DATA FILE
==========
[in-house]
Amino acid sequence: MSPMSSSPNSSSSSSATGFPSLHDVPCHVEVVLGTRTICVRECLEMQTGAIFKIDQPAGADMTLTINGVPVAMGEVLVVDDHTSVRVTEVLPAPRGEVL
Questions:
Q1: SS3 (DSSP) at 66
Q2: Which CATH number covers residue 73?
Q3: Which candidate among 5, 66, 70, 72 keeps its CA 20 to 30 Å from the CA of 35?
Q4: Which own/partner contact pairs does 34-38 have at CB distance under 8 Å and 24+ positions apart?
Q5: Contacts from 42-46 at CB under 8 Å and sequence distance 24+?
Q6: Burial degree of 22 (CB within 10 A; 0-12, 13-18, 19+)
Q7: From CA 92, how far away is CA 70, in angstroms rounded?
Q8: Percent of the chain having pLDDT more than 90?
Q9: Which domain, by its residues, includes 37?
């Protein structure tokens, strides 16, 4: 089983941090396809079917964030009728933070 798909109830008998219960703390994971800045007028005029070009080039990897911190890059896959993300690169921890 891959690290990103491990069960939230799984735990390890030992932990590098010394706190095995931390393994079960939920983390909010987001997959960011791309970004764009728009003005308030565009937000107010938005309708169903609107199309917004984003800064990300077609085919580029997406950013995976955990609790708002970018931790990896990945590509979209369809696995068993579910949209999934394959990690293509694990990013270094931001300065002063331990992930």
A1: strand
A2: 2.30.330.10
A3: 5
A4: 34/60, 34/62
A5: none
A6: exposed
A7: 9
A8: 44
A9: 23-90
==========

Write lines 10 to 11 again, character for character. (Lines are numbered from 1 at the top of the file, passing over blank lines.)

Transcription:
Q7: From CA 92, how far away is CA 70, in angstroms rounded?
Q8: Percent of the chain having pLDDT more than 90?